Association for Defending Victims of Terrorism –Millions of children in Yemen could be pushed to ‘the brink of starvation’ due to huge shortfalls in humanitarian aid funding amid the COVID-19 pandemic – according to a new UNICEF report marking more than five years since conflict escalated in the country.
Yemen five years on: Children, conflict and COVID-19 warns that as Yemen’s devastated health system and infrastructure struggle to cope with coronavirus, the already dire situation for children is likely to deteriorate considerably. The report shows that:
An additional 30,000 children could develop life-threatening severe acute malnutrition over the next six months, and the overall number of malnourished children under the age of five could increase to a total of 2.4 million –almost half of all under-fives in the country and a rise of around 20 per cent;
An additional 6,600 children under the age of five could die from preventable causes by the end of the year – an increase of 28 per cent*;
“We cannot overstate the scale of this emergency as children, in what is already the world’s worst humanitarian crisis, battle for survival as COVID-19 takes hold,” said Sara Beysolow Nyanti, UNICEF Representative to Yemen. “If we do not receive urgent funding, children will be pushed to the brink of starvation and many will die. The international community will be sending a message that the lives of children in a nation devastated by conflict, disease and economic collapse, simply do not matter.”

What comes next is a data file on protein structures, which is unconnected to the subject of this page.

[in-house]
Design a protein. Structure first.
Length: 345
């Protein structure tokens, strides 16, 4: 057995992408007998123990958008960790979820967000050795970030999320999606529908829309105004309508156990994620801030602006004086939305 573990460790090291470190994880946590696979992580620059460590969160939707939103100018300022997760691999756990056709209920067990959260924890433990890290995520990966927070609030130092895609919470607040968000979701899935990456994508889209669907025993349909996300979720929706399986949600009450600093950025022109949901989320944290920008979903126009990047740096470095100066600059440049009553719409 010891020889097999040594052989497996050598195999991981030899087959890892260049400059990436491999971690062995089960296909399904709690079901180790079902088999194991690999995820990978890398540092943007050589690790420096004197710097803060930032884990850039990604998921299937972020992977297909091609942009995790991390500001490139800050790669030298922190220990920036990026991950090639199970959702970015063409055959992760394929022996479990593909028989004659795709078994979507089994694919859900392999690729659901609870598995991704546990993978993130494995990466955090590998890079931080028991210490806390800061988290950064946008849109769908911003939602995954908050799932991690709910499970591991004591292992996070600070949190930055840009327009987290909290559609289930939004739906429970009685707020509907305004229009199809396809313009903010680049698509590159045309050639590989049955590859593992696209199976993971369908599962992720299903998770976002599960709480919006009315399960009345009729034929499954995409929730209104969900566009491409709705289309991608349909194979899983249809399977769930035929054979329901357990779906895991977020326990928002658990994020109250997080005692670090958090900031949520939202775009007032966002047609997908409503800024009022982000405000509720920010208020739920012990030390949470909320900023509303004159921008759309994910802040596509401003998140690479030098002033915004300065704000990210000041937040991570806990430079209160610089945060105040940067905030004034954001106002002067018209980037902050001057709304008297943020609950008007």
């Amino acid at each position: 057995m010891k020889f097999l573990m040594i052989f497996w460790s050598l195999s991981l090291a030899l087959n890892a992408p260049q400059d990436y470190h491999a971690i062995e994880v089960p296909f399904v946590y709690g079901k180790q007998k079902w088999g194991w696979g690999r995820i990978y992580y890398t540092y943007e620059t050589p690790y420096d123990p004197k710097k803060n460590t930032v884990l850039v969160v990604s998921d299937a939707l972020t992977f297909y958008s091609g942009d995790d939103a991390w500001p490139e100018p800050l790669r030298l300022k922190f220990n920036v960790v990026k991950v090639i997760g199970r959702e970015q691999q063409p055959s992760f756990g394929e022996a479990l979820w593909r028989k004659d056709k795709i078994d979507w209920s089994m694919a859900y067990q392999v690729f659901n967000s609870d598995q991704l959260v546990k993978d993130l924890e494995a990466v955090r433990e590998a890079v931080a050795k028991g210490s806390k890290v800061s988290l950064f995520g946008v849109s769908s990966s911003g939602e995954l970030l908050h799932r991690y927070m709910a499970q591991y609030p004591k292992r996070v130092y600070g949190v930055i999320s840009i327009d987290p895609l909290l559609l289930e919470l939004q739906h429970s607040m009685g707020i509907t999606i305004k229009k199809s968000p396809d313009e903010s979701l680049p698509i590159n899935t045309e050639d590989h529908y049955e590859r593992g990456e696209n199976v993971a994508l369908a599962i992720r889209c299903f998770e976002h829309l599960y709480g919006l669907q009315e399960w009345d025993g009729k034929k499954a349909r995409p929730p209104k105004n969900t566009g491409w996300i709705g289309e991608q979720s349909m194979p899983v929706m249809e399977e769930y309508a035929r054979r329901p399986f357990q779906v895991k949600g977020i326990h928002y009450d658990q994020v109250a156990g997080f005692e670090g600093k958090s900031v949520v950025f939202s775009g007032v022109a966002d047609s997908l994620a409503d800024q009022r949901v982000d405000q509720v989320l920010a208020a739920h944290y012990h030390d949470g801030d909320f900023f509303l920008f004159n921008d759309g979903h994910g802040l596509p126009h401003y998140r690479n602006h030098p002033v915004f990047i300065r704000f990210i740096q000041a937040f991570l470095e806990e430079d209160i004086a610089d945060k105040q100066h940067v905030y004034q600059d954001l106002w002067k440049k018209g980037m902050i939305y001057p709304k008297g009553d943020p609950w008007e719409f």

The report warns that unless US$54.5 million is received for health and nutrition services by the end of August:
23500 children with severe acute malnutrition will be at increased risk of dying;
Up to one million children will not receive vital micronutrient supplements and vitamin A, and 500,000 pregnant and breastfeeding mothers will miss out on essential nutrition support including counselling on infant and young child feeding, and folic acid and iron supplements;
Five million children under the age of five years will not be immunised against killer diseases.